CONTRIBUTED PHOTO – Ames artist Lauren Gifford painted murals for the Marshalltown Sidewalk Safety Project at nine Marshalltown schools: Franklin, Fisher, Woodbury, Rogers, Anson, Hoglan, Lenihan, Miller, MHS, Marshalltown Christian School and St. Francis. The murals were completed between fall 2020 and spring 2021.

Two years and 20 murals later, Danielson can breathe a sigh of relief and inhale gratitude and pride. It turned out to be a good idea.

His team proved that Marshalltown not only was ready, it was due. One of Danielson’s mottos borrowed from Grace Hopper is: “the most dangerous phrase in language (is) ‘We’ve always done it this way.'”

“Watching the program take off and soar has been one of the most rewarding journeys of my career,” she said. “We’ve heard from so many people who are filled with pride because of the murals and how much of an impact it has had on the joy they feel on a daily basis.”

Some notable murals include “Marshalltown’s Postcard Mural” on the south wall of Thompson True Value, “The Starry Night of Marshalltown” at Finley Interstate Bank, the 13th Street District/Chop Shop, and murals on the Tremont Building and Downtown Pocket Park.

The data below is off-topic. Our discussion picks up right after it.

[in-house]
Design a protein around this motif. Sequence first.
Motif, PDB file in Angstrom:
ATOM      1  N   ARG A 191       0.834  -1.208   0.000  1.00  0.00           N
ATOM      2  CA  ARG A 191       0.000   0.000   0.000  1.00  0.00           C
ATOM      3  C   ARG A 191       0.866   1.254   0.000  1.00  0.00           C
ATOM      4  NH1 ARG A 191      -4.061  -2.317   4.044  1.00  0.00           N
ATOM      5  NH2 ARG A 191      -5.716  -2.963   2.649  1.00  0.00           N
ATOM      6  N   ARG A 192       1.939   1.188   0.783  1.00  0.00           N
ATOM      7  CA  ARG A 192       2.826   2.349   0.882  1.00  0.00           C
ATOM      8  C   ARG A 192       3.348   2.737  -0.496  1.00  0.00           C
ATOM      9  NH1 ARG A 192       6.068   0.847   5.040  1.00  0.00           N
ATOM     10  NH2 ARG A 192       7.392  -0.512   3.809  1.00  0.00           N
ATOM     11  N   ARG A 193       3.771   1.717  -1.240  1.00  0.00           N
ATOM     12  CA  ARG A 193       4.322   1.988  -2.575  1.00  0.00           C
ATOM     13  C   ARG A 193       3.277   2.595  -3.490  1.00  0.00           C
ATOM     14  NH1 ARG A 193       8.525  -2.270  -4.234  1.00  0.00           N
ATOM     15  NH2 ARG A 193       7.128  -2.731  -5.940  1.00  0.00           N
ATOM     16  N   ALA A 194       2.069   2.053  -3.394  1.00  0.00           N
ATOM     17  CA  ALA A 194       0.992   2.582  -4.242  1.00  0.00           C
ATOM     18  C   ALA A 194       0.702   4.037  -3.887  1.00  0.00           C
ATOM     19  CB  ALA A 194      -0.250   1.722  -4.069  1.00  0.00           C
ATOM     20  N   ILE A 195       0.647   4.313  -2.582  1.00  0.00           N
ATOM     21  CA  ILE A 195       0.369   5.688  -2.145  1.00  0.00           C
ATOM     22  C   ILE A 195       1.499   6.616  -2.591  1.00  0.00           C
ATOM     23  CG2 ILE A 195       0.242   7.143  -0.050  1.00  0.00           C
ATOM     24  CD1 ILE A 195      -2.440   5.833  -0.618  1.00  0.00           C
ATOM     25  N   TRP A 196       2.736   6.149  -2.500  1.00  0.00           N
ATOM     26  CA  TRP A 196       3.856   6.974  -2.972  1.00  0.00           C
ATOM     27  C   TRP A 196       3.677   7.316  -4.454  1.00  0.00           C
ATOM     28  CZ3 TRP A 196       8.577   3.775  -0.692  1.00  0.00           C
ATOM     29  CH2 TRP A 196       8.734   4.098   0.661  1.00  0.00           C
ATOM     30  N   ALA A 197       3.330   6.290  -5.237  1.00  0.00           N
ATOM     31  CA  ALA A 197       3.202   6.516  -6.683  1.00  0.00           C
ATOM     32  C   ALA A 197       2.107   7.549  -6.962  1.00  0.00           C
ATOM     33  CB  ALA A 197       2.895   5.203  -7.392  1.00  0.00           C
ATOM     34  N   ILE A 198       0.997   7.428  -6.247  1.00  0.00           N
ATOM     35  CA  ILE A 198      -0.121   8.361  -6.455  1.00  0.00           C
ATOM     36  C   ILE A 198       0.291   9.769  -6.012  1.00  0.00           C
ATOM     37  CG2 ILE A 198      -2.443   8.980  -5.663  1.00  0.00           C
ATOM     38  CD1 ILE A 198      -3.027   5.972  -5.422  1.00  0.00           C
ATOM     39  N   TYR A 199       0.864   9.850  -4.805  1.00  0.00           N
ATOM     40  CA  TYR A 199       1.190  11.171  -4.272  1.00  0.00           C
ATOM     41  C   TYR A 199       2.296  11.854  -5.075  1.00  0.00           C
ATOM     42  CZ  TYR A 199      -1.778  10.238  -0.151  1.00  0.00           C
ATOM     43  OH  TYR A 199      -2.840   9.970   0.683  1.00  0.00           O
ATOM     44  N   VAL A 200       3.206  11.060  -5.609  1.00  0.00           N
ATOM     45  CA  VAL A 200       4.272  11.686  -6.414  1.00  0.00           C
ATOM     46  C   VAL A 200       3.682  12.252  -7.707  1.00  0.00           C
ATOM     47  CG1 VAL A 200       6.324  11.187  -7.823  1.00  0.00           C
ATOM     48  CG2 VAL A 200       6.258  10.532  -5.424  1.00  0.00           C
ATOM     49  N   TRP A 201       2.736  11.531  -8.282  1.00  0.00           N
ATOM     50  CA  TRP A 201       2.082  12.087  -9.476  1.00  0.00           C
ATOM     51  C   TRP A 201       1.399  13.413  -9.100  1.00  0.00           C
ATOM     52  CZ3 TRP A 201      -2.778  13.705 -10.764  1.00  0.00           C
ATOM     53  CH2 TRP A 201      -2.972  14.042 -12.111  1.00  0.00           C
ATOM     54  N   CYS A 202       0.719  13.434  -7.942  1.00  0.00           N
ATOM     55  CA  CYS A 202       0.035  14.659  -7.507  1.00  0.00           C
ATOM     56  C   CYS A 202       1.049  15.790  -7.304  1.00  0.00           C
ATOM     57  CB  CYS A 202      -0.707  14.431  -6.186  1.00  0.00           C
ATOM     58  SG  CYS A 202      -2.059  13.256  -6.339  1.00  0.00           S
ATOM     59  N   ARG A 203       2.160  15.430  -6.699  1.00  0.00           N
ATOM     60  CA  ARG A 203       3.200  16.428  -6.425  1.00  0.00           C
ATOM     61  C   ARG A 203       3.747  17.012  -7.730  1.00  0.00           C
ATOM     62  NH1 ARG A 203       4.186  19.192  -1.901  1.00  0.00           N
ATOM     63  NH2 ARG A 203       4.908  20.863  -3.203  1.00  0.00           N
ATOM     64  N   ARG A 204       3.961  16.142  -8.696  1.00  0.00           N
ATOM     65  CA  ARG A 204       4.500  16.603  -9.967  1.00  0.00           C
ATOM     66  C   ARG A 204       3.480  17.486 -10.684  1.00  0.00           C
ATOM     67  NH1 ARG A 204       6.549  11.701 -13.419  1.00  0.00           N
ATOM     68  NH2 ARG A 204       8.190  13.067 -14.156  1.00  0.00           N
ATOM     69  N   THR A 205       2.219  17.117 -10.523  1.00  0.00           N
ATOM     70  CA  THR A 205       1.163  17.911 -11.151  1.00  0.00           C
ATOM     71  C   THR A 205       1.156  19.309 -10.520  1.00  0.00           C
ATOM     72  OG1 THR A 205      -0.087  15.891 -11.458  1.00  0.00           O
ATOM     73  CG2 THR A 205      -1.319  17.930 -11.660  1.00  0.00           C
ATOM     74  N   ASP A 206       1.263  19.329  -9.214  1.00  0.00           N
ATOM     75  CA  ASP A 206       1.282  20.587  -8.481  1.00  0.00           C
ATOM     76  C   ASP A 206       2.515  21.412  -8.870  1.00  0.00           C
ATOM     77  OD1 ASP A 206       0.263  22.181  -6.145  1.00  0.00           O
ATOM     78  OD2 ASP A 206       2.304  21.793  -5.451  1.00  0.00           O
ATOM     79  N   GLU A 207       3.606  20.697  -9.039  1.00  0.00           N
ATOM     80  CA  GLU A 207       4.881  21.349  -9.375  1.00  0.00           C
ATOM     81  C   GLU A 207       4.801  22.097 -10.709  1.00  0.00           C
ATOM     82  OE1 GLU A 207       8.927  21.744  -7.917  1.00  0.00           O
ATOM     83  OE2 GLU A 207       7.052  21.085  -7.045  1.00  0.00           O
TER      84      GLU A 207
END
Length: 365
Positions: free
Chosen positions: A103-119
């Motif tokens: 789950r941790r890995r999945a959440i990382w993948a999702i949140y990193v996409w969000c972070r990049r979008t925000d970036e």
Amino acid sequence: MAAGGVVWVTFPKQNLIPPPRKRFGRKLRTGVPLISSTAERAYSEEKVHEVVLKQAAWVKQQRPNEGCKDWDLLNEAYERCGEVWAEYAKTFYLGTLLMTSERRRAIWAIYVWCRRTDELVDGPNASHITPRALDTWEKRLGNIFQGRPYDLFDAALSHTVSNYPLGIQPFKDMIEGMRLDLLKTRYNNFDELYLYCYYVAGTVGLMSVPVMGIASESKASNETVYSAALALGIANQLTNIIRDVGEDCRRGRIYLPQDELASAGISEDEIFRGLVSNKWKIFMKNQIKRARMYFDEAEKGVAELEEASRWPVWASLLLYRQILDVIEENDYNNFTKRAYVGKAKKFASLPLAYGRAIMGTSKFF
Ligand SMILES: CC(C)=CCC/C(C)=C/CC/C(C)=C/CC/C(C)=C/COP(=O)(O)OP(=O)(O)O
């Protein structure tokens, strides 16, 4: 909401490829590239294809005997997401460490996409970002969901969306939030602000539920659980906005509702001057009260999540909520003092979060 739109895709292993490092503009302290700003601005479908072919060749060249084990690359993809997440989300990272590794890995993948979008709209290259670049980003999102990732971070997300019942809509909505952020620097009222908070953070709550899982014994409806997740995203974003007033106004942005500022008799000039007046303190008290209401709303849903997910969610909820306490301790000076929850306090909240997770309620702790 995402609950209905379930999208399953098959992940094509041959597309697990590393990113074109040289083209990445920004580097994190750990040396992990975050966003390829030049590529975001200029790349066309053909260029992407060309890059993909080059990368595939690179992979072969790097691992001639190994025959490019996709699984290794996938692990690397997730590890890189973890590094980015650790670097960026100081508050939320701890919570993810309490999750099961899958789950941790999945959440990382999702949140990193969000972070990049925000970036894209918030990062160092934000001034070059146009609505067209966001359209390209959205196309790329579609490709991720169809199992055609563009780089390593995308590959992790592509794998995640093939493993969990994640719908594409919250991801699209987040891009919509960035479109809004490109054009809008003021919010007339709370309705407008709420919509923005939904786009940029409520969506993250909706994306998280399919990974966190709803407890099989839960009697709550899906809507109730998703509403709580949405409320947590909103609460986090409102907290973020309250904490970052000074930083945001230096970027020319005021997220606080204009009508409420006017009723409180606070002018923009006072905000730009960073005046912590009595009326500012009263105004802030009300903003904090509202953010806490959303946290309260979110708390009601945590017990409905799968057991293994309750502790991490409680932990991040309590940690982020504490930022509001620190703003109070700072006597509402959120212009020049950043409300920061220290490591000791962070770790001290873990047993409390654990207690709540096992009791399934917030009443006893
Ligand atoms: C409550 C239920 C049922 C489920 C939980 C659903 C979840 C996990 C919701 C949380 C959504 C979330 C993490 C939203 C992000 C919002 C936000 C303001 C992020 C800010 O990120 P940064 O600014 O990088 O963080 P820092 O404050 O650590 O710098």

These projects often go up in what can seem like the blink of an eye. One day, on the way to work, there is suddenly something that was not there before. Between meetings, pre-meetings, artist calls, funding, and approval, there are collaborations that Danielson has nurtured that make it all possible.

“We are proud to have so many great partnerships in the community and in many cases our role is to facilitate, connect and build bridges,” she said.

The most recent addition to the Alliance’s portfolio is the “Scherzo” sculpture installed at the Marshalltown Performing Arts Center. The project had been in the works for years as part of a partnership between the Alliance and the Auditorium Foundation, and it resulted in a 17-foot-tall structure made up of colorful musical notes and intertwining shapes.

“It was an honor to partner with them to help make their vision a reality,” said Danielson. “It’s only been installed for a few weeks, and it feels like the piece has always been there.”